This week I talk with my friend Cathy McKnight, who’s been making a difference in content for almost 20 years. For many of those recent years, Cathy’s been my colleague at The Content Advisory, CMI’s consulting arm. She’s also served as the innovation lead and a senior associate for the communications consulting team at Aon Hewitt, building an innovative web solutions practice. As director of client services at Prescient Digital Media, Cathy led a team of consultants delivering enterprise intranet strategies and technology selection projects for an array of global clients. And, as senior communications advisor for IBM’s Global Services division, Cathy led budget planning, intranet management, and overall strategy and messaging of IBM’s values and mission to internal enterprise audiences.

Cathy and I talked about her adventures in exploring how technology, data, and content mix in business today. And, if you’ve ever suspected that the way the impact of content is measured is unfair to content teams … you’re going to like what she has to say. Here’s a sneak peek:

“No matter how creative or memorable or popular their content is or becomes, ultimately, they’re being judged on how it impacts the business bottom line, which can be an unfair measurement because it can be a cumulative thing.

#Content is being judged by its impact on the bottom line, which can be an unfair measurement, says @CathyMcKnight via @cmicontent. #WeeklyWrap Click To Tweet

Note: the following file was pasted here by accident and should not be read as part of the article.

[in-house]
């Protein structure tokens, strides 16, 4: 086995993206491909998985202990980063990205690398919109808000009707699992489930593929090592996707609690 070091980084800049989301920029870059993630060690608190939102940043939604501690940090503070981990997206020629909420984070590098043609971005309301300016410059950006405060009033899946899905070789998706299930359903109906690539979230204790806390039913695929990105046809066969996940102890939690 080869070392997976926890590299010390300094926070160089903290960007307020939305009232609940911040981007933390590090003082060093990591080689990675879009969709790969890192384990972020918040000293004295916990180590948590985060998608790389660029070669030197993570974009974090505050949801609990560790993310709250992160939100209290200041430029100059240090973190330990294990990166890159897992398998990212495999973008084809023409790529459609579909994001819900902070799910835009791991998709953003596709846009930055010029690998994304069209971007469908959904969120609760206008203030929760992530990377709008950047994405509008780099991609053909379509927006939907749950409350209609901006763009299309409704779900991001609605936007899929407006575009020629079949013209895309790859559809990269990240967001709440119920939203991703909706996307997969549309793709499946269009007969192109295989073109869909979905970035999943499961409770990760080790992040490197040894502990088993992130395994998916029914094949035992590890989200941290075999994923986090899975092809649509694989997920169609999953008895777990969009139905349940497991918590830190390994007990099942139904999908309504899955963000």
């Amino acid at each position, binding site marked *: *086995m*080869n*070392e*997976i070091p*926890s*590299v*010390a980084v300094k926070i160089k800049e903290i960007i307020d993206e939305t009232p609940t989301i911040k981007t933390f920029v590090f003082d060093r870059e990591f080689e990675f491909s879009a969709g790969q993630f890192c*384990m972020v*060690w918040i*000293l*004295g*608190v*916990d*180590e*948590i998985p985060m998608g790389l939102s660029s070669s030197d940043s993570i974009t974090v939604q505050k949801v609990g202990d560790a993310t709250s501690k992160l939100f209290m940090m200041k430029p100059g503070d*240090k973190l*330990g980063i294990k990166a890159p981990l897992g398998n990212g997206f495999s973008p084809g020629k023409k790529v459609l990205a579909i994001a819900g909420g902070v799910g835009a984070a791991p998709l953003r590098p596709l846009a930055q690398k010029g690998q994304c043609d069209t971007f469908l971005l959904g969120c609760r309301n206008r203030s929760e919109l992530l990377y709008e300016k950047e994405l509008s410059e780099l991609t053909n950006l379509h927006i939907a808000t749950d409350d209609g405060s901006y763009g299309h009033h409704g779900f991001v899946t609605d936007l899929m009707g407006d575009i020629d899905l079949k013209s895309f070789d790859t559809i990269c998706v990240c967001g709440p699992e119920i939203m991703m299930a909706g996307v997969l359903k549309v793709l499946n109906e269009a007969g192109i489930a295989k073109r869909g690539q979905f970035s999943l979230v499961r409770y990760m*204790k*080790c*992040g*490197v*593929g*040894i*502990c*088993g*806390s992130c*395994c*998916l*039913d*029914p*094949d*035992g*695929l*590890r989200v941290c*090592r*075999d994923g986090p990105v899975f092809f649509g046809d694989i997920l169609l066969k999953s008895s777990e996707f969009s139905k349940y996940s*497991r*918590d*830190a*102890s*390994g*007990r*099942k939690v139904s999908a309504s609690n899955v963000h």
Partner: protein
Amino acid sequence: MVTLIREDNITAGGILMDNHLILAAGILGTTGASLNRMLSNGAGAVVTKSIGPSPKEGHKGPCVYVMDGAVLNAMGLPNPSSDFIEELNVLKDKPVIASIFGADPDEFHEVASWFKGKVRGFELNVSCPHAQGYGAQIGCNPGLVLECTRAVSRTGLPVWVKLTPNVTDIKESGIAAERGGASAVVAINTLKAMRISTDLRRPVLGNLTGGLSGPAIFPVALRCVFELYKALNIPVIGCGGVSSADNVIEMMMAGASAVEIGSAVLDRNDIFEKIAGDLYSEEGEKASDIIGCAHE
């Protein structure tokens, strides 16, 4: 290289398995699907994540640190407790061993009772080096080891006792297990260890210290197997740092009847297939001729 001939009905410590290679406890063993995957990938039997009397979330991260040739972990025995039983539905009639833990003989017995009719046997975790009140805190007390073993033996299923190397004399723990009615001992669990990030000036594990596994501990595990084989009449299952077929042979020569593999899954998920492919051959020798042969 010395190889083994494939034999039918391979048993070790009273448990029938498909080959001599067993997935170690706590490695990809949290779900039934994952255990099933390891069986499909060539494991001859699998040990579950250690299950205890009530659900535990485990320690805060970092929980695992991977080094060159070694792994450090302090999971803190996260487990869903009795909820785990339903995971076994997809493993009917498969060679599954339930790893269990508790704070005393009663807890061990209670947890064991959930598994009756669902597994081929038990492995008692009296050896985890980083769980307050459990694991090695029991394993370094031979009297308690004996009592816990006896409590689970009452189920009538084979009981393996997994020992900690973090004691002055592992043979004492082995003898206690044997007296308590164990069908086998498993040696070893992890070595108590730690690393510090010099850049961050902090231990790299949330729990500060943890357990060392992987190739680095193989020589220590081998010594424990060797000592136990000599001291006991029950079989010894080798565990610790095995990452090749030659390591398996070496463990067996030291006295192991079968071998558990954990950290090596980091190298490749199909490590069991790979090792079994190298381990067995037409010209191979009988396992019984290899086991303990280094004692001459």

“It may not show impact at the very instant it’s used but over time it does.”

Listen to the rest of our conversation, then get to know Cathy:

One content marketing idea you can use (32:20)

The one CMI post I’d love for you to take another look at is: Get More Content Noticed, Stop the Bad Metadata.

Metadata may not be the sexiest topic. but it’s one of those things that can help you make your content more effective. Frequent CMI contributor Dennis Shiao offers some practical takeaways using RedHat Software’s content strategy (presented by Anna McHugh at ContentTECH Summit last year) as a working case study.

Love for this week’s sponsor: ContentTECH Summit

Join me this summer at ContentTECH Summit 2020, where we’re lining up in-depth workshops, keynote talks, and practical presentations to help you become a more effective, more strategic content marketer. You’ll get insights to help you provide a richer experience for your customers and build a more profitable, stronger business.

I hope to see you and your team August 10-12 in San Diego.

Check out the agenda today.

The wrap-up

Join me next week when we’ve got a lot in store. I’m going to sell out of one thought I hope you won’t discount. I’ll “retail” a news item – and once you’ve seen that, you’ll have seen “a mall.”  Finally, I’ll offer one content marketing post that’ll earn you credit. It’s a good bargain. And it’s all delivered in a little less time than it takes for another 10-year photo challenge to hit Facebook.

If you like this weekly play on words, we’d sure love for you to review it and share it. Hashtag us up on Twitter: #WeeklyWrap.

It’s your story. Tell it well.

To listen to past Weekly Wrap shows, go to the main Weekly Wrap page.

How to subscribe

Cover image by Joseph Kalinowski/Content Marketing Institute